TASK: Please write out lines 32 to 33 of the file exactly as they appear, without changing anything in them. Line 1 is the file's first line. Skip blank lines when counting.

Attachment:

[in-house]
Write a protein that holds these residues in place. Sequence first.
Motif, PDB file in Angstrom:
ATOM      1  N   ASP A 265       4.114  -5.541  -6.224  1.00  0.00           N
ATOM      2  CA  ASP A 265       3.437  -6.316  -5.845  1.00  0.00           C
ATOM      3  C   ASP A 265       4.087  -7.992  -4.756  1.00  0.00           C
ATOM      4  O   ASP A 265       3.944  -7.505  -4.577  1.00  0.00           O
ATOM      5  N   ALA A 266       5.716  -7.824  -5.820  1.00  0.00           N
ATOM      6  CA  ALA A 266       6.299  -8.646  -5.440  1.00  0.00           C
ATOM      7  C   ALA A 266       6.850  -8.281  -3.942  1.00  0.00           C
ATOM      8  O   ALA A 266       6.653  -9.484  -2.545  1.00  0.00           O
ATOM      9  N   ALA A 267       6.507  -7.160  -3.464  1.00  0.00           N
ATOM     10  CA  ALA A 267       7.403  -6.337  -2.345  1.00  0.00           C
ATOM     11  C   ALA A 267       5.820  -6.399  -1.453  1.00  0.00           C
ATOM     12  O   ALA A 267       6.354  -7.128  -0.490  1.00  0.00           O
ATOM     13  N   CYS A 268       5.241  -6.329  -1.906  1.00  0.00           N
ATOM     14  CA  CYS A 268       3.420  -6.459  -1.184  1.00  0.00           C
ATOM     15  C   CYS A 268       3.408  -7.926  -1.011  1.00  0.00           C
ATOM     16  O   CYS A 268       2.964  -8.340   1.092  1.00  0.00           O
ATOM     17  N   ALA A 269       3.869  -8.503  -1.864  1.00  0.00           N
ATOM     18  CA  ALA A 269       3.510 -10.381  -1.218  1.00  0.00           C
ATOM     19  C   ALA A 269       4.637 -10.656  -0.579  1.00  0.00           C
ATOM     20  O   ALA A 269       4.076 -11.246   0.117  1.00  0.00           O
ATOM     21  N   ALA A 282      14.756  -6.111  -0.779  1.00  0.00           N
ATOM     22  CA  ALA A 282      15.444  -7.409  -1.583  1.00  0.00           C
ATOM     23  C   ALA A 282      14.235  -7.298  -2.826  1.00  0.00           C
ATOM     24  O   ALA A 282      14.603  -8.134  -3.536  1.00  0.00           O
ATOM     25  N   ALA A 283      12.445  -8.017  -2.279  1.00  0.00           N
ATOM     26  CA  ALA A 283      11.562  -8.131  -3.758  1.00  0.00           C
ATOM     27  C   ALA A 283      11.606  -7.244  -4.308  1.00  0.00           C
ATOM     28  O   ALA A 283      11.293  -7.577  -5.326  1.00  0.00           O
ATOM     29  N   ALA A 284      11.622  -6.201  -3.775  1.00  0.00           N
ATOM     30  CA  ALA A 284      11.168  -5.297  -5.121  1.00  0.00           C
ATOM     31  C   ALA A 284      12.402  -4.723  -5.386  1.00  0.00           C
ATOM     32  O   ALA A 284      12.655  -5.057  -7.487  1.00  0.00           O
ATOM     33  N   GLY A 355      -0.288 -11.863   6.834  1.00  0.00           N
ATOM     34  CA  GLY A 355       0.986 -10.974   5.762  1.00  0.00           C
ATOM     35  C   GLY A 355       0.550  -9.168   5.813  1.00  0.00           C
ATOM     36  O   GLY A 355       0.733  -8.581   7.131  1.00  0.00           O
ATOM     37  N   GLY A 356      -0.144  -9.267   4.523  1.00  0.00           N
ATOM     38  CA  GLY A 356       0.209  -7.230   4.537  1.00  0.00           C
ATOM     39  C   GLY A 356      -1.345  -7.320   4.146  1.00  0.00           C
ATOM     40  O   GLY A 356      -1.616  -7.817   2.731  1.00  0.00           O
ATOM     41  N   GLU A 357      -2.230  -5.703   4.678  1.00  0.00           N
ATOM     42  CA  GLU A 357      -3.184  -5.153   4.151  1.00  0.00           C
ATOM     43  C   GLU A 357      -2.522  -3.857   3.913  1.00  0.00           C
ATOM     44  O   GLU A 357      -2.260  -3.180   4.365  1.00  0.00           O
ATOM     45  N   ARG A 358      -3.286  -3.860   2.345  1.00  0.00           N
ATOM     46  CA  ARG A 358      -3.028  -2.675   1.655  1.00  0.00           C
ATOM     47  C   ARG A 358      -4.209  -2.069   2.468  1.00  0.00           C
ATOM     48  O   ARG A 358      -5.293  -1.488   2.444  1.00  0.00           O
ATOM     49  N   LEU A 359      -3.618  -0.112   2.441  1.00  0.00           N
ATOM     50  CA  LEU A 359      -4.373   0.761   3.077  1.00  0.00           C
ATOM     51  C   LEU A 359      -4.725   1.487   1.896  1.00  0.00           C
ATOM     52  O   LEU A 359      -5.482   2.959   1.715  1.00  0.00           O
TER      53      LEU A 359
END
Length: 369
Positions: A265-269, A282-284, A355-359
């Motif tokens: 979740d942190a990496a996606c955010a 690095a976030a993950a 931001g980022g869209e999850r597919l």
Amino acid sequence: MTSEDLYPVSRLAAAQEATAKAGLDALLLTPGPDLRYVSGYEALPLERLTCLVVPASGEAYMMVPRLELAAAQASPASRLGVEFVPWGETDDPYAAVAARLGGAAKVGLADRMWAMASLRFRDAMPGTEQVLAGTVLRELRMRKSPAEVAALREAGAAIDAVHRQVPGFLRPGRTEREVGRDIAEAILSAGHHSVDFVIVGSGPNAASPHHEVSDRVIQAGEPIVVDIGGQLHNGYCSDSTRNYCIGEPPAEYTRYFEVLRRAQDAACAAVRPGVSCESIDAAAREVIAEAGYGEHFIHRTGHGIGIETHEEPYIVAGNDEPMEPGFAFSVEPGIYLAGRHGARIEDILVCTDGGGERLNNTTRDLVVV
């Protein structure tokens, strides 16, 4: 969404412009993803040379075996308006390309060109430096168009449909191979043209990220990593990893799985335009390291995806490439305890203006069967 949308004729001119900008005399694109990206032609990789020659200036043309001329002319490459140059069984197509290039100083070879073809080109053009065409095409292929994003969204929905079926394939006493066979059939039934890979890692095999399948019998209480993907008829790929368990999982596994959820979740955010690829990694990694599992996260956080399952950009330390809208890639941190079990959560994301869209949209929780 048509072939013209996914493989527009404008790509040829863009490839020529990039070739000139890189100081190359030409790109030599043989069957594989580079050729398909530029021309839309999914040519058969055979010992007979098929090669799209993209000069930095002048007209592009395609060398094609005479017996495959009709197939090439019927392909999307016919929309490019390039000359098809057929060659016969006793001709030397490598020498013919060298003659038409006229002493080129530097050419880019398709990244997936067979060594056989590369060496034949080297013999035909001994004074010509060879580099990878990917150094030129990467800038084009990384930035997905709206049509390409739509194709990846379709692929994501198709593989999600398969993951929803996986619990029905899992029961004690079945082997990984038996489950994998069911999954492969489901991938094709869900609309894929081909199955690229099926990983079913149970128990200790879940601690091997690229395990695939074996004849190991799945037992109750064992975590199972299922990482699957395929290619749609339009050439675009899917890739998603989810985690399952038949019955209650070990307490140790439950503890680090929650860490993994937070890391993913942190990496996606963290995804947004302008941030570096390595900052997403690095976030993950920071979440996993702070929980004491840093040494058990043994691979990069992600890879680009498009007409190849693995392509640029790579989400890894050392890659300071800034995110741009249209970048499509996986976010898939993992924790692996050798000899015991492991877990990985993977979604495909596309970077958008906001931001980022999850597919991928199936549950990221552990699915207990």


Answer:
ATOM     29  N   ALA A 284      11.622  -6.201  -3.775  1.00  0.00           N
ATOM     30  CA  ALA A 284      11.168  -5.297  -5.121  1.00  0.00           C